Before you dive in, is it actually the right project for your team and your business to be involved in? Consider these questions:

  • Is the project and client a good fit for your business? 
  • Do you have past experience of doing this type of project?
  • Are you familiar with the industry and is the potential client part of your target market?
  • Can you help the buyer achieve their goals?
  • Can you meet their proposal deadline and their larger project timeline?
  • Do you need clarification on any elements of the RFP before you decide?

2. Understand The Client’s Needs

Your proposal must prove you can deliver exactly what they want and need, so get clarification on any gray areas before you start creating your response. 

The RFP is a detailed document, but in short, it needs to cover these areas.

  • Specify what you’re hoping to accomplish for them, including key deliverables.
  • Define the step-by-step approach you will take to achieve their goals.
  • Provide the cost and a timeline, including milestones.

3. Gather Your Team

If you decide to respond, assemble the key personnel who need to be involved in creating the RFP.

  • Who takes ultimate responsibility for the proposal?
  • What procedures and processes need to be in place to help them compile the response?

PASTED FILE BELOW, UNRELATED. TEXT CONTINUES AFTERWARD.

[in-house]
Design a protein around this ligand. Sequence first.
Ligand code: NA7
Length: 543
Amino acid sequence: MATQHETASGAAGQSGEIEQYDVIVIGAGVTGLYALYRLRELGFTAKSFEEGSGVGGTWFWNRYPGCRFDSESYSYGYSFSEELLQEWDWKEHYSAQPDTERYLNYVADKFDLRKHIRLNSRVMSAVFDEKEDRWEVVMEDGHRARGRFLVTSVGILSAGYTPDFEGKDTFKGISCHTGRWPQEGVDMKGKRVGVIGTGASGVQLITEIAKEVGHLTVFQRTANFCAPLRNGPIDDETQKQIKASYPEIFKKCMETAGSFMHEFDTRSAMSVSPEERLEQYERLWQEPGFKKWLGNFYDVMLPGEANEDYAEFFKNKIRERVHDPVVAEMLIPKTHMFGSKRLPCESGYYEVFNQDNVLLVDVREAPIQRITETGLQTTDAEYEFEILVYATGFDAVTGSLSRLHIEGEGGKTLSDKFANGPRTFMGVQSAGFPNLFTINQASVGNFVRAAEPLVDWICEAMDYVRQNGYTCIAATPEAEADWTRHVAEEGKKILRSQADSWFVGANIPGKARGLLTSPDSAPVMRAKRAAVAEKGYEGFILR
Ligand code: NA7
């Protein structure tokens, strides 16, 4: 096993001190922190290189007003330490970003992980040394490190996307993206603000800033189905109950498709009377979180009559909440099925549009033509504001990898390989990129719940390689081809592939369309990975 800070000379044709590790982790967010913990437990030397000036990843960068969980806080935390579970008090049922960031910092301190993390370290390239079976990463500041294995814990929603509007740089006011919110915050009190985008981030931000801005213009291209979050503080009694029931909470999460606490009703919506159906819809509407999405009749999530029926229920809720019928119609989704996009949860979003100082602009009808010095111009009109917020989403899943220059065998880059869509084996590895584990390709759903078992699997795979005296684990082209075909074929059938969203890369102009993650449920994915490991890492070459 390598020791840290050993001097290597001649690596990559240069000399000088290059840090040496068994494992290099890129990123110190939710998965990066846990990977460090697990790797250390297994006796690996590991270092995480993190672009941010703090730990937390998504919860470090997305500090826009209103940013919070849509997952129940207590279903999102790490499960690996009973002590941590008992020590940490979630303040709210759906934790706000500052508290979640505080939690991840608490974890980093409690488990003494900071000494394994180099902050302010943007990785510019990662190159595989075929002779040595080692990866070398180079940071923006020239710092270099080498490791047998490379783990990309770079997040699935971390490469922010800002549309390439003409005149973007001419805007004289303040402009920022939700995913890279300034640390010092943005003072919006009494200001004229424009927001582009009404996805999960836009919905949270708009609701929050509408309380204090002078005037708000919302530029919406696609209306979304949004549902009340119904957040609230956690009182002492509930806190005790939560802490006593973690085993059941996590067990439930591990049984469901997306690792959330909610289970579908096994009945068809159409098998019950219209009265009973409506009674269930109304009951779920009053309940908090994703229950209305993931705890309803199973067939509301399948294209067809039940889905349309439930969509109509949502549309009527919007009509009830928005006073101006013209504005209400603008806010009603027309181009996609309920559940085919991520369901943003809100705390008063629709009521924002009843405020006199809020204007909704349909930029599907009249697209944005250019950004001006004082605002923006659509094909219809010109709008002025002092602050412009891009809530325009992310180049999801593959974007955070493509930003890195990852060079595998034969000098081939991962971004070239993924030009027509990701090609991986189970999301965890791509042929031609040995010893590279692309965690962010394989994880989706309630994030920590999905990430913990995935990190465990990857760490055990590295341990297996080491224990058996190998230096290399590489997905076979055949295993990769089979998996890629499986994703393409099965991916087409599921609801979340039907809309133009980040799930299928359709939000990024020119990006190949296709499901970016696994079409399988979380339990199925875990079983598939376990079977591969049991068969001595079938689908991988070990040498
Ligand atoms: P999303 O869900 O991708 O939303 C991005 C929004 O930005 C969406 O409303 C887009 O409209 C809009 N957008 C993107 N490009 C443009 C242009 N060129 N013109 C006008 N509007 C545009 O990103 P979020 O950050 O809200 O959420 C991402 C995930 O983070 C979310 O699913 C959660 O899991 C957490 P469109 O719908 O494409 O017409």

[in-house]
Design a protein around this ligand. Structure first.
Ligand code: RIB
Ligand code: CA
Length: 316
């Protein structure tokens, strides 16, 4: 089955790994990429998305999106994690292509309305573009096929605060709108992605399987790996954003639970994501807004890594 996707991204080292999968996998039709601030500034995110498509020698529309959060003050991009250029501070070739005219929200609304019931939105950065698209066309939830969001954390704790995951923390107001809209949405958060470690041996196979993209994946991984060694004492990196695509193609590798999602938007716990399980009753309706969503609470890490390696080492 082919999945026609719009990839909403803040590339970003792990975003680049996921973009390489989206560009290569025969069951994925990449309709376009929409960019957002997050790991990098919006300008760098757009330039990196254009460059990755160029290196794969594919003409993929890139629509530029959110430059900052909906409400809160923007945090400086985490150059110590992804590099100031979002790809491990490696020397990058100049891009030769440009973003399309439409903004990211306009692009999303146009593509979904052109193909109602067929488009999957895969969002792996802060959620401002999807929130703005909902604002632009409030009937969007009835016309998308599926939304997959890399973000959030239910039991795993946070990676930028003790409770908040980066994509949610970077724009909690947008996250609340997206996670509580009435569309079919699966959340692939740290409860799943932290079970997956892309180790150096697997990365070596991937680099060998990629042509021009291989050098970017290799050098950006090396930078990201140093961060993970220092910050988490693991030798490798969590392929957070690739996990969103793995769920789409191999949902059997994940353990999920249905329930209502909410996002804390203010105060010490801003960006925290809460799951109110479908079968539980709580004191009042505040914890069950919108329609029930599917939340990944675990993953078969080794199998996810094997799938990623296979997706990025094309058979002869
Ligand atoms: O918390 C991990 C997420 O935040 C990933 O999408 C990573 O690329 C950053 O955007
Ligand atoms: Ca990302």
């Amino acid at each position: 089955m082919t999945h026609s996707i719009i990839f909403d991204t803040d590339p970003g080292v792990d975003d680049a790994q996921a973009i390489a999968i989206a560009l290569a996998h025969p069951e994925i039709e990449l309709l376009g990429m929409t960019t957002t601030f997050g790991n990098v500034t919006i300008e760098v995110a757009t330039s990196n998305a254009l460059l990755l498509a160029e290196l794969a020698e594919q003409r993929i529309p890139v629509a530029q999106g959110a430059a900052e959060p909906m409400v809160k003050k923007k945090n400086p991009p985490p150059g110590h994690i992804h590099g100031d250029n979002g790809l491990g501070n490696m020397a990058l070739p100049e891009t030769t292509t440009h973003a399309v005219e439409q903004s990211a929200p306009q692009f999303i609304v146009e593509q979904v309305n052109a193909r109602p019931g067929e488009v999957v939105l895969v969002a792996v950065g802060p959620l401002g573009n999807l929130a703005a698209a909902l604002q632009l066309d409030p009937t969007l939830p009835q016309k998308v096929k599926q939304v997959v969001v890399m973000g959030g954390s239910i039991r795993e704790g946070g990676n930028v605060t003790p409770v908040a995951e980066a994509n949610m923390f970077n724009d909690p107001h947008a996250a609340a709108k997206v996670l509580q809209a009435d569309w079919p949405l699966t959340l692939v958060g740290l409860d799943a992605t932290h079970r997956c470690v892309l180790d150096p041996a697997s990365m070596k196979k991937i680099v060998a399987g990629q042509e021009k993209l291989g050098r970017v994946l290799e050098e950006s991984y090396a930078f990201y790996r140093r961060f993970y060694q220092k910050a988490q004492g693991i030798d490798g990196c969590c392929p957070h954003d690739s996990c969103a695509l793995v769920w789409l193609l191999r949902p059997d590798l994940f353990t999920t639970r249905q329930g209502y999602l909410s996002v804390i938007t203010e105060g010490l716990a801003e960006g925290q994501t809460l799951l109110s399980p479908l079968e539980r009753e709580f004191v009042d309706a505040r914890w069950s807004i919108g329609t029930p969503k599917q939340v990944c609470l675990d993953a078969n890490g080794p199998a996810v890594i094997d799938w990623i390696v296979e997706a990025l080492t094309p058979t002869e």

• Which departments does the team need to coordinate with?
  • Have you scheduled sufficient time for them to do what’s needed?

The structure of your response matters and leveraging existing templates and pre-prepared answers about your company and team, your policies, methodology or approach etc. helps you spend less time working on what to say, and more time tailoring your response for the perfect fit.

These days your opportunities to win an RFP don’t just hinge on price but experience, speed, quality, etc. A growing market means you are also competing against more suppliers.

So timely and relevant responses are a competitive advantage. And the primary way you speed up your proposal writing process is by using RFP technology

Communicating using emails and referencing attachments stored in various places is a clunky way of sourcing, which slows the process down. An AI-focused content management solution automates the entire process and everything is stored in a central place, which also helps to accelerate the timeline from ‘start’ to ‘submit’.